Michael Neser, the Australian quick, has found bowling on the Indian pitches hard work but is looking forward to having a go with the red ball for Australia A.
The team, currently touring India, reached the final of the quadrangular one-day series before going down to India B.
Neser, the 28-year-old pacer from Queensland, had a decent time of it in the series, which included India A and South Africa A, keeping things tight and even getting among the wickets in the league game against India B, when he picked up 3/47, two of the wickets those of top-three batsmen.
But it wasn’t easy going on the unfamiliar tracks.
“It was tough conditions as a quick. It obviously favours the spin over here in India. It took out a lot, very hard wickets to bowl on. But if you do bowl well, you do get rewarded,” he said ahead of the shift to the four-day series against India A.
“The basics are the same for four-day and one-day cricket. Going into four-day focus, obviously variations are not going to be as vital, but the basics remain the same. We’ve got plenty of things to work on, and looking forward to the four-day series.”
I’m looking forward to bowling in four-day cricket – I’m sure it’s going to be a challenge, but I’m up for that challenge
Playing days’ cricket in India also means switching to the SG balls, a far cry from the brands used in Australia or England. “I’ve had a couple of training sessions with the SG ball, and it’s not too dissimilar to what we train with in Australia – we train with the Duke and the Kooka. I’m looking forward to bowling with this ball. It might scuff up a bit more, reverse might play a bit of a role in this fixture,” he said.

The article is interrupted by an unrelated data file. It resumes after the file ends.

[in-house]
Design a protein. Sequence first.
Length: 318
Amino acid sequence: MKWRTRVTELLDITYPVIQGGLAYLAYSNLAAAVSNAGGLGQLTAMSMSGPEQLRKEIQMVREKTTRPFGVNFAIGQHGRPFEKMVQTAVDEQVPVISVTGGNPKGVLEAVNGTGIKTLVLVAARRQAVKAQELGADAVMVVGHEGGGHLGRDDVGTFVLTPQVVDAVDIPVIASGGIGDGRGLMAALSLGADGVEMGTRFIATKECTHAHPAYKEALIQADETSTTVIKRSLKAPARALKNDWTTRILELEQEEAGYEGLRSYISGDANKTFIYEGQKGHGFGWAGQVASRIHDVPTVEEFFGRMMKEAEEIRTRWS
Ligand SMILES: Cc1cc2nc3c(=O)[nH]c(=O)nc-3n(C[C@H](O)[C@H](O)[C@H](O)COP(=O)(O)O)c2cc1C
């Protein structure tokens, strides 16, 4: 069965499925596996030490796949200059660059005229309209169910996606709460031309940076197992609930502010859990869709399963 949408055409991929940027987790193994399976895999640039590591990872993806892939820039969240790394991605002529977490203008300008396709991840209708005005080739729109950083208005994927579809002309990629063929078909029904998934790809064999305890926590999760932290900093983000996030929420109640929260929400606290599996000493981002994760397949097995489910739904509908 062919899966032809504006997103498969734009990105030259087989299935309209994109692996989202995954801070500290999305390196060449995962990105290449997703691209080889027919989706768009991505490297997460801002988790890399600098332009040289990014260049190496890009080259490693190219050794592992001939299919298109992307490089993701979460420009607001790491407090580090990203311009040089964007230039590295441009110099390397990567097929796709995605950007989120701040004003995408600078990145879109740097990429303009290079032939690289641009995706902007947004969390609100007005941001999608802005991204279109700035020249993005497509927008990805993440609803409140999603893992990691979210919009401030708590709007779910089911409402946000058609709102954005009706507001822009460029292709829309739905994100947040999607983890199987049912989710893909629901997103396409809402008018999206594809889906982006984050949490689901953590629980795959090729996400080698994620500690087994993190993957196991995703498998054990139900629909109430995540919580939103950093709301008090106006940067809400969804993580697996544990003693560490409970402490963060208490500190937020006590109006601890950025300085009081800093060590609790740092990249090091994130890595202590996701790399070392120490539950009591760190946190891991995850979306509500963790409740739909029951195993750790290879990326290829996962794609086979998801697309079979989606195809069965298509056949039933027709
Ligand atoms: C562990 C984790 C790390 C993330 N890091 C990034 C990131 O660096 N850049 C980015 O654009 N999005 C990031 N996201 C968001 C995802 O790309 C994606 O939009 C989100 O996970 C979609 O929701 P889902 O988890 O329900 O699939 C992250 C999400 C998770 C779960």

Neser, who made his Australia debut earlier this year in the one-day international series in England, picking up two wickets in two matches, had a great time with Queensland in the last edition of the Sheffield Shield, Australia’s premier first-class competition. Queensland won the title, and Neser had 39 wickets at an average of 21.84.
“Definitely I’ll take a lot out of my four-day Shield cricket. I don’t feel like it was too long ago. I’m looking forward to bowling in four-day cricket – I’m sure it’s going to be a challenge, but I’m up for that challenge,” he said.
“It might take a bit of focus here in India, but if it comes to me tying down an end, that’s going to be my role. Hopefully the wickets have a bit of assistance for the quicks, but if not, I’ll just do my role and do what I can.”
And though the ODI debut has happened, Neser doesn’t want to train his eyes on the Test tour of the United Arab Emirates to play Pakistan later this year – not yet. “To be honest, I’m just focused on this tour, I don’t want to look too far ahead of myself. That’s how I have always played, just look ahead to the next game coming up ahead,” said Neser.